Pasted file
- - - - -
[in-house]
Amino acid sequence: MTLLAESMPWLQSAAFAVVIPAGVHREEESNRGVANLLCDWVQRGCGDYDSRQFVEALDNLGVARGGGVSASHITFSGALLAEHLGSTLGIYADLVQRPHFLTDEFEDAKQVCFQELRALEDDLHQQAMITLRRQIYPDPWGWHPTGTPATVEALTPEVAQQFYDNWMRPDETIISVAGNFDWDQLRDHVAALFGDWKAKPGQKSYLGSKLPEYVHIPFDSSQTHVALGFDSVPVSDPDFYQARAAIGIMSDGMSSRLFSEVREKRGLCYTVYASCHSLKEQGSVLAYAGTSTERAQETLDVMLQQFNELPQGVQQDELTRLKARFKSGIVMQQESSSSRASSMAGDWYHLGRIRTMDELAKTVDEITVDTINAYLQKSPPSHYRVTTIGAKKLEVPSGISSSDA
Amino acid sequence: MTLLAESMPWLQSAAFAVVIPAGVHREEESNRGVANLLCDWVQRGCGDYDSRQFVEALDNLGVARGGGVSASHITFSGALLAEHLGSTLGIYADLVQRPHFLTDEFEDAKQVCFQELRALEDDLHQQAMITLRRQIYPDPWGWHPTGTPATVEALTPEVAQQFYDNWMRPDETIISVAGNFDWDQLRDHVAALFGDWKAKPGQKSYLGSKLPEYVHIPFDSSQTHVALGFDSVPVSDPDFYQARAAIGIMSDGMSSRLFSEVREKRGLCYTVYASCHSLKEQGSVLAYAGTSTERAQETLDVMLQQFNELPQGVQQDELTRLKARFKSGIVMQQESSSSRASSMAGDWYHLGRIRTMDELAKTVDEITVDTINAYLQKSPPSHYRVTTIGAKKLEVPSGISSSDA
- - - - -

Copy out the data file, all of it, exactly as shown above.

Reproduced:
[in-house]
Amino acid sequence: MTLLAESMPWLQSAAFAVVIPAGVHREEESNRGVANLLCDWVQRGCGDYDSRQFVEALDNLGVARGGGVSASHITFSGALLAEHLGSTLGIYADLVQRPHFLTDEFEDAKQVCFQELRALEDDLHQQAMITLRRQIYPDPWGWHPTGTPATVEALTPEVAQQFYDNWMRPDETIISVAGNFDWDQLRDHVAALFGDWKAKPGQKSYLGSKLPEYVHIPFDSSQTHVALGFDSVPVSDPDFYQARAAIGIMSDGMSSRLFSEVREKRGLCYTVYASCHSLKEQGSVLAYAGTSTERAQETLDVMLQQFNELPQGVQQDELTRLKARFKSGIVMQQESSSSRASSMAGDWYHLGRIRTMDELAKTVDEITVDTINAYLQKSPPSHYRVTTIGAKKLEVPSGISSSDA
Amino acid sequence: MTLLAESMPWLQSAAFAVVIPAGVHREEESNRGVANLLCDWVQRGCGDYDSRQFVEALDNLGVARGGGVSASHITFSGALLAEHLGSTLGIYADLVQRPHFLTDEFEDAKQVCFQELRALEDDLHQQAMITLRRQIYPDPWGWHPTGTPATVEALTPEVAQQFYDNWMRPDETIISVAGNFDWDQLRDHVAALFGDWKAKPGQKSYLGSKLPEYVHIPFDSSQTHVALGFDSVPVSDPDFYQARAAIGIMSDGMSSRLFSEVREKRGLCYTVYASCHSLKEQGSVLAYAGTSTERAQETLDVMLQQFNELPQGVQQDELTRLKARFKSGIVMQQESSSSRASSMAGDWYHLGRIRTMDELAKTVDEITVDTINAYLQKSPPSHYRVTTIGAKKLEVPSGISSSDA